Resilient Cities

Mexico City: Artists Breaking Apathy

Mexico City, a massive, sprawling metropolis and home to over 21 million inhabitants, is the capital of a country that has become notorious for drug-­‐related violence. The ‘drug war’ as it is widely known, officially launched in 2006, had initially the support of communities who were tired of gun battles, execution-­style murders and police corruption.

However, it has since spiraled into one of the world’s deadliest conflict after the Syrian war, with 200 000 people murdered since 2007, hundreds of thousands of people displaced by violence, a notable rise in human rights abuse, femicide and violence against women. So widespread and brutal is the violence that it has become almost commonplace, paralyzing the inhabitants of Mexico City into apathy. But a major turning point came about after the disappearance and killing of 43 trainee students. The city’s artists decided that enough was enough; it was time to break the climate of helplessness.

In this episode, we follow Canadian photographer François Pesant and three Mexico City artists: Andrea Narno, a graphic artist who is part of a women’s art collective, plastering her message on the walls of the city’s streets; Edgar Olguin and Sara Juarez, a group of performance artists denouncing femicide and violence against women; and Alfredo Libre Gutierrez, a sculptor whose oversized installations address the struggles of South American migrants.

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Nairobi: Art Disrupting Corruption

Kenya is well known internationally for its sandy beaches and wide‐open savannahs that attract foreign tourists every year. But behind the picture perfect postcard hides a bleak reality.

Jakarta: Art Defying Moral Conservatism

Indonesia, where the national motto is “Bhinneka Tunggal Ika” or “Unity in Diversity,” is home to both the world’s largest Muslim majority as well as six additional religions. The country has had a difficult history under the 32-­year dictatorship of General Suharto whose repressive and corrupt militarized rule led to the deaths of hundred thousand.

Chicago: Artists Fighting Segregation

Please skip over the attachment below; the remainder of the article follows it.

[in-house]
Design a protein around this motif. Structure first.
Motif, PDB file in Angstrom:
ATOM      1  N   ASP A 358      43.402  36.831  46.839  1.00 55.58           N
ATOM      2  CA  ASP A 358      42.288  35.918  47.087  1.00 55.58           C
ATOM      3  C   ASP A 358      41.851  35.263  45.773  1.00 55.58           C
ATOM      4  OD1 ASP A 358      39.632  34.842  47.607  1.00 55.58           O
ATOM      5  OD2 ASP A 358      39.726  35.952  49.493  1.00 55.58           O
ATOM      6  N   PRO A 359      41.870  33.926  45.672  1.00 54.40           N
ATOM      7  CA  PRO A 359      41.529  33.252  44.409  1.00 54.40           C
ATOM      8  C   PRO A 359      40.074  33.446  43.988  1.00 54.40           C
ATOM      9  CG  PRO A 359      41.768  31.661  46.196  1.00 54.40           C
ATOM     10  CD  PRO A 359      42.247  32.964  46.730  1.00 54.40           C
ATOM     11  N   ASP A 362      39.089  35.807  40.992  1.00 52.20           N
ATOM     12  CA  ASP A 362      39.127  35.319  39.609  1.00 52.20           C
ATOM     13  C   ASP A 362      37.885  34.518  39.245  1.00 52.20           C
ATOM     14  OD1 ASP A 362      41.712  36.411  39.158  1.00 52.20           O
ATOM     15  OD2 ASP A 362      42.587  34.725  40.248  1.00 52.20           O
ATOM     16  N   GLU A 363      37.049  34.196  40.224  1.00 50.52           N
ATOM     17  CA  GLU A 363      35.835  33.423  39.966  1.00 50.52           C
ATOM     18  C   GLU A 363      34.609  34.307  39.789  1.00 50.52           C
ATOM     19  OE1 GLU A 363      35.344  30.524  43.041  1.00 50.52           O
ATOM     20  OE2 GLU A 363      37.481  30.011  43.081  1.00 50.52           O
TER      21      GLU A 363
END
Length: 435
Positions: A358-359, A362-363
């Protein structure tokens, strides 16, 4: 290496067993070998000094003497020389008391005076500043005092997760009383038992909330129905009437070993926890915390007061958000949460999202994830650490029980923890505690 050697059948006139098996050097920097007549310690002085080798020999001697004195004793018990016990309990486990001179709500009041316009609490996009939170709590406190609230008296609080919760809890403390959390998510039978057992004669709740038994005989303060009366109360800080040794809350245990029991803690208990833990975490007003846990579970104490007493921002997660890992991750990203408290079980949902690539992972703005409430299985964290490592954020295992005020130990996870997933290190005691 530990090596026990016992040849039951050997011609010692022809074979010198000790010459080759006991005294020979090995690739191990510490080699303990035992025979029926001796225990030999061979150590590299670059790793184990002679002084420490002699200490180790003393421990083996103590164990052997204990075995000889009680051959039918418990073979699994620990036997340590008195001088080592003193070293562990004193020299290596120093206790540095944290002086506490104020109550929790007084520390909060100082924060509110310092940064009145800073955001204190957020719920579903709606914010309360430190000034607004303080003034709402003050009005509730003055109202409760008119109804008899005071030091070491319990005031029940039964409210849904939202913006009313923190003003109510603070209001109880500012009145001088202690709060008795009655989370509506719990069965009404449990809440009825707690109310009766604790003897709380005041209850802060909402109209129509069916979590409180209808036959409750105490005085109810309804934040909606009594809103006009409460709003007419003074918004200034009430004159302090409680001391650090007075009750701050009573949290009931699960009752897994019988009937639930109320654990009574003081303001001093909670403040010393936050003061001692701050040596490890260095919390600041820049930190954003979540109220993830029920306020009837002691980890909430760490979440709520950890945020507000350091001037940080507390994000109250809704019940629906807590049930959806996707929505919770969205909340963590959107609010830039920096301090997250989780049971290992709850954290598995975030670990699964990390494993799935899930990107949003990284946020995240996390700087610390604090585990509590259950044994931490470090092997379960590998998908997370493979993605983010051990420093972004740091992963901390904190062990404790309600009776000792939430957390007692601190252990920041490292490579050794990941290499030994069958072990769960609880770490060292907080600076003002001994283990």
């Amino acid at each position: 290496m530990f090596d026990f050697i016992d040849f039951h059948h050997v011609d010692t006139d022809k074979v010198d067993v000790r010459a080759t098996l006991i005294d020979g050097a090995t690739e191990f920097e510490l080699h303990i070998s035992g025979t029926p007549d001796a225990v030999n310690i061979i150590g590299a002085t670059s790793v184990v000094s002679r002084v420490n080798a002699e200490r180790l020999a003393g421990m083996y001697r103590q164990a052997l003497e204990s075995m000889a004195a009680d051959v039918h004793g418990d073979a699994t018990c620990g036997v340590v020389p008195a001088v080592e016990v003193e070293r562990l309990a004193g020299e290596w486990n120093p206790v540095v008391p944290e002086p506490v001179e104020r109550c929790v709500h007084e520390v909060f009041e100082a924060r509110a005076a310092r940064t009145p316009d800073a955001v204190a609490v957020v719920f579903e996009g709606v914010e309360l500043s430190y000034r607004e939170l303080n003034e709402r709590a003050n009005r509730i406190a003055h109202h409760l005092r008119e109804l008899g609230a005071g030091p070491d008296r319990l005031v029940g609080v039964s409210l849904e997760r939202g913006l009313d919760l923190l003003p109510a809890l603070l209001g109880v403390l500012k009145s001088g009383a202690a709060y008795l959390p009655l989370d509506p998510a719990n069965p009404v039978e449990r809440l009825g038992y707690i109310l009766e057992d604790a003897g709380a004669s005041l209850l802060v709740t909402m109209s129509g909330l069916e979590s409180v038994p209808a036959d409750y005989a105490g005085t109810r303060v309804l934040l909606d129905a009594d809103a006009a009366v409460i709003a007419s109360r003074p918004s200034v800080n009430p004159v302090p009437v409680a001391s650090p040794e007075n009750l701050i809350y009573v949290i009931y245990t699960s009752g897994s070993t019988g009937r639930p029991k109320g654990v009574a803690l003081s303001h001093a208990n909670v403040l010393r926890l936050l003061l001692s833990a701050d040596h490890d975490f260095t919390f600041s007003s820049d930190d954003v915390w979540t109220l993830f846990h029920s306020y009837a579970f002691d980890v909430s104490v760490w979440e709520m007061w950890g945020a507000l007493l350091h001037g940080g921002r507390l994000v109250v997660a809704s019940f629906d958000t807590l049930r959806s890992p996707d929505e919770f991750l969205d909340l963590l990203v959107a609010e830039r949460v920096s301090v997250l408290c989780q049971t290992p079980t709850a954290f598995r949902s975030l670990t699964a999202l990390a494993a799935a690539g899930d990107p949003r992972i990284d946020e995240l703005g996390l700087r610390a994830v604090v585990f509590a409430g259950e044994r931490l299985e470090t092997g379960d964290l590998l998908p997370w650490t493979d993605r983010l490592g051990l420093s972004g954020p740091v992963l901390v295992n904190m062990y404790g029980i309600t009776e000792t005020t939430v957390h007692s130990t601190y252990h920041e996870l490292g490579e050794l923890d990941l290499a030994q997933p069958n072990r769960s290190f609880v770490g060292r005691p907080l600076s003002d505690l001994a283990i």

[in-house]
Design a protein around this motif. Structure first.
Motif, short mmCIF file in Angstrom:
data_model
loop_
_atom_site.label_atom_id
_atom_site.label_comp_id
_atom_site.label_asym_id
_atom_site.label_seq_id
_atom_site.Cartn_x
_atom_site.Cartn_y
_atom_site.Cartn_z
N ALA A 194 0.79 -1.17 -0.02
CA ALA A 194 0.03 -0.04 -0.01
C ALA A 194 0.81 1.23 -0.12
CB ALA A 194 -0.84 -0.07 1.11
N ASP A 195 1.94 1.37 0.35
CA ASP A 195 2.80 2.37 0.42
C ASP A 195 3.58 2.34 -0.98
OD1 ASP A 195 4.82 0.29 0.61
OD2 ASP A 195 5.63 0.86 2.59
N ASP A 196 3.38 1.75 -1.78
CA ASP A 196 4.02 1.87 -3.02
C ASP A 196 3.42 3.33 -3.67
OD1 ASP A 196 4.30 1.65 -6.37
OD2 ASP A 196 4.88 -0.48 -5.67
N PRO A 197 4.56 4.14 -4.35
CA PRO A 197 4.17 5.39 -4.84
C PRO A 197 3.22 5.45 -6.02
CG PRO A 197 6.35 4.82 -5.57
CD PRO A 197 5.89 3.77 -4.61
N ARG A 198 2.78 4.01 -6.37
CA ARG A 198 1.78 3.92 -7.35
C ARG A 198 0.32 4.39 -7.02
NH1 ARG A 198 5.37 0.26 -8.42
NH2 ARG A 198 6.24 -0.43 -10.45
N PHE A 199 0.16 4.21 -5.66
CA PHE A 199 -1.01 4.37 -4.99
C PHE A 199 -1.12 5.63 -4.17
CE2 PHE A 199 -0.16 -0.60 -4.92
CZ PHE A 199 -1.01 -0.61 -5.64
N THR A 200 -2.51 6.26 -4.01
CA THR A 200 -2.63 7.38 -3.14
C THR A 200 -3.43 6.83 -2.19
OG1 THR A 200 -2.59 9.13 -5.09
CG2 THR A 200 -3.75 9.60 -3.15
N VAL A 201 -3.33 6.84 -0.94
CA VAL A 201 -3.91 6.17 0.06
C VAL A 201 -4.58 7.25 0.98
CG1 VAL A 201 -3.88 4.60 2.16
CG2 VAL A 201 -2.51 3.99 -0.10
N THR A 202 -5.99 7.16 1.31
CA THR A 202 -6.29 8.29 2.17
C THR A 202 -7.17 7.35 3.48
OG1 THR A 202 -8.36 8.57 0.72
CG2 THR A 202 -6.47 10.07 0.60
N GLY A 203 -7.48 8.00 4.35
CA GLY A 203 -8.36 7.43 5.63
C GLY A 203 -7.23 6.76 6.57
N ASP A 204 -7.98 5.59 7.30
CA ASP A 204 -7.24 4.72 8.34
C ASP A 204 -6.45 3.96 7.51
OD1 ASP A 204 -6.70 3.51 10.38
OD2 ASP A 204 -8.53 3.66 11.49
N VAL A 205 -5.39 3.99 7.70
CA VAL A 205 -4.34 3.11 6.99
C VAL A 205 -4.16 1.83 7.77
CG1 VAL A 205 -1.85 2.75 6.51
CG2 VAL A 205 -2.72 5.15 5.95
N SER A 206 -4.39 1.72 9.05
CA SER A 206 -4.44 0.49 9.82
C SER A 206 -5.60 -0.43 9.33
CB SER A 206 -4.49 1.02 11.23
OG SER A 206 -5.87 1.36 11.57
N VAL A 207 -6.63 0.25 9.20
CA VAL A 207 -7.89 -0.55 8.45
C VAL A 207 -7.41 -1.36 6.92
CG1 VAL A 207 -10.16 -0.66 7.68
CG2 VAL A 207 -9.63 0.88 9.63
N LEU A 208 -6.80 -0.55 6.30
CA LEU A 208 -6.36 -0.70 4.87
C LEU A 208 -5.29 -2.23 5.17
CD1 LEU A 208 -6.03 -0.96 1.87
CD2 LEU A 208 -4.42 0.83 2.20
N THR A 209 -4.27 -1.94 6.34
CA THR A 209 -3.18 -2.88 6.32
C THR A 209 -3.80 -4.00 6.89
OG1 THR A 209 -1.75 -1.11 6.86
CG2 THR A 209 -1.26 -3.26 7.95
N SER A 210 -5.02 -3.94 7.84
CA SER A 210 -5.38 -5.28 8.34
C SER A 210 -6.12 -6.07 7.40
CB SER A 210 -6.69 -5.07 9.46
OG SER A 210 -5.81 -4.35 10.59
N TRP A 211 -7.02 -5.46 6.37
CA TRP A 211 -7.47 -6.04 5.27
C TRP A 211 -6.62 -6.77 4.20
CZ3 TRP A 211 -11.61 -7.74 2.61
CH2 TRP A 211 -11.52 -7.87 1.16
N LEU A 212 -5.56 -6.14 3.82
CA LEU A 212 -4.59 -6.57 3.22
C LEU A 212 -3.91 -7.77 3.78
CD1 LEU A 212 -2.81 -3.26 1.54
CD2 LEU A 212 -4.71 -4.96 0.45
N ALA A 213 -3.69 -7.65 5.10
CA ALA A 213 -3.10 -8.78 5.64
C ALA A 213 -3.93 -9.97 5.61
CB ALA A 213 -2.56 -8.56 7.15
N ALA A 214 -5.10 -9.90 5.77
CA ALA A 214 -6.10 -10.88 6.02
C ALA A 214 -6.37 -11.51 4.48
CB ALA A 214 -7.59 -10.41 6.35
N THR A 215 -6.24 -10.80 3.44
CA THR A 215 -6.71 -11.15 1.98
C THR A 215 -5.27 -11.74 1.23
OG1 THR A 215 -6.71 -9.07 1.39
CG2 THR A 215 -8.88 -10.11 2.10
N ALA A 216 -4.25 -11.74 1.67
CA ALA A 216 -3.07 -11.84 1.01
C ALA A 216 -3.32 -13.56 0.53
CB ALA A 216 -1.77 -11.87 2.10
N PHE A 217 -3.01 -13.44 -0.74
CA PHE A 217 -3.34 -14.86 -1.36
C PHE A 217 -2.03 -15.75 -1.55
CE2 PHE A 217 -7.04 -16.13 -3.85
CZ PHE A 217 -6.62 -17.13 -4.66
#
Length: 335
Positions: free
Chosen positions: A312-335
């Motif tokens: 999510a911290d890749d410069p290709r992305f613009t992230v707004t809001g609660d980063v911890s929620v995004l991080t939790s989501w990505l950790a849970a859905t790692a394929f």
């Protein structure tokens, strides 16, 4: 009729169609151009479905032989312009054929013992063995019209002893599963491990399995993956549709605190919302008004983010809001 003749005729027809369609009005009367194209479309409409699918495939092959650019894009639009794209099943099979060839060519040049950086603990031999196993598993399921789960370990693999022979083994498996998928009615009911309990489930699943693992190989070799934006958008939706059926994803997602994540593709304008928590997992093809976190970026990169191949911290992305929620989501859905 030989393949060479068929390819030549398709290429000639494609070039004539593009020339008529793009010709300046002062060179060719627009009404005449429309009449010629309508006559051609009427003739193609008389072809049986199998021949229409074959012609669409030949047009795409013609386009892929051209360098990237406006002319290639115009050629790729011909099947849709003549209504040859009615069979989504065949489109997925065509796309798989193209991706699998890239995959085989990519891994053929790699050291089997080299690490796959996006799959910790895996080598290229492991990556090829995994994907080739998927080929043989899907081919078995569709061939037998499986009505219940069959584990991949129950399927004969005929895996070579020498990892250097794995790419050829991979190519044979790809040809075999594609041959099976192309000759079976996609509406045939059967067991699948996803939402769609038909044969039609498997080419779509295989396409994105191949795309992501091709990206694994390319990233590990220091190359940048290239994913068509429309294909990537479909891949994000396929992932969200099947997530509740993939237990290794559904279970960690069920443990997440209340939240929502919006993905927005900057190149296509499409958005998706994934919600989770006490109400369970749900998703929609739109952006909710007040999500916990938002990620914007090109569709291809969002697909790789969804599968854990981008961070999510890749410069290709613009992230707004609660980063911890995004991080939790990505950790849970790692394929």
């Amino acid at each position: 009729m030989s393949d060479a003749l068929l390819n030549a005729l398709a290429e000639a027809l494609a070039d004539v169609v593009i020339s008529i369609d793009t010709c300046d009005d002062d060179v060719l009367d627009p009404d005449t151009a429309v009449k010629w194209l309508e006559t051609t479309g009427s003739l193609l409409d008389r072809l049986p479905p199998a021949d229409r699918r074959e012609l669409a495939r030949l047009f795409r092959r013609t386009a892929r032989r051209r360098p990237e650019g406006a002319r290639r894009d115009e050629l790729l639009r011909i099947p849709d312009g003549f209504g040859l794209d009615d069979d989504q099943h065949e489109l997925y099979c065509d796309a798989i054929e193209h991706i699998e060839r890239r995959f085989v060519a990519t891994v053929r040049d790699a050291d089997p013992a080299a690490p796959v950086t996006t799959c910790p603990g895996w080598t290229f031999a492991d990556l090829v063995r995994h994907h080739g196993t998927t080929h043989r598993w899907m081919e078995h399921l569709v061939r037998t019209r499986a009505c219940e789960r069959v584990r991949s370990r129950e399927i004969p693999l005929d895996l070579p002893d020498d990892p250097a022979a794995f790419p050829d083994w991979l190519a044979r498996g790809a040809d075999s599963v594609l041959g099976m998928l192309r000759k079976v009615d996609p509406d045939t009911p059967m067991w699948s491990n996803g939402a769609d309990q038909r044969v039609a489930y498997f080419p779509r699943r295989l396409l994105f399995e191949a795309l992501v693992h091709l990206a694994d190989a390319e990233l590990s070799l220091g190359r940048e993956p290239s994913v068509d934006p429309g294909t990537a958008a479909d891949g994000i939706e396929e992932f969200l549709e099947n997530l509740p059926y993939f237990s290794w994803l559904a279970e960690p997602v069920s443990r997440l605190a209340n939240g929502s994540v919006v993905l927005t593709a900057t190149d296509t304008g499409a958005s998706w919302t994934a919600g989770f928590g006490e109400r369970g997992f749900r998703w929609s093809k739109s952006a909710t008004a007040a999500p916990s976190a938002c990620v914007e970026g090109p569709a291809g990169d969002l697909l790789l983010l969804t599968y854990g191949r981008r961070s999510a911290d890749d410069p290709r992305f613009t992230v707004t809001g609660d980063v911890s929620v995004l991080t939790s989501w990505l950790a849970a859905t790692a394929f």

Chicago is a city that ranks as one of the richest and most productive in the United States, yet it has a deeply segregated urban landscape and a high murder rate. In its south and west sides, impoverished housing blocks sit beside affluent homes, universities and city stadiums. The year 2016 was the city’s most violent in over two decades with a record of 762 homicides, an increase of 58 percent since 2015.

Karachi: Creating Art Amid Terror

Target killings, terrorist attacks and a skyrocketing crime rate: these are the words usually used to describe Pakistan’s megalopolis Karachi. And up until recently it was considered a lawless land, taken over by gangsters and terrorist groups like the Taliban who assassinated intellectuals and artists.

One of the most significant target killings was the assassination of Sabeen Mahmuud, a feminist and intellectual who founded T2F, one of the few spaces dedicated to creation in Karachi. The case of her assassination remains unsolved.

Warsaw: Art Fighting Ultranationalism

Since the democratic election of the Law and Justice Party in 2015, Poland is divided between liberals and ultra-­conservatives. The country is moving away from the orbit of Western Europe and returning to a past defined by family, church and home.

In some instances, it is also moving towards a future that echoes elements of its dark history. Antisemitism on the rise and a wave of ultranationalism is sweeping the country.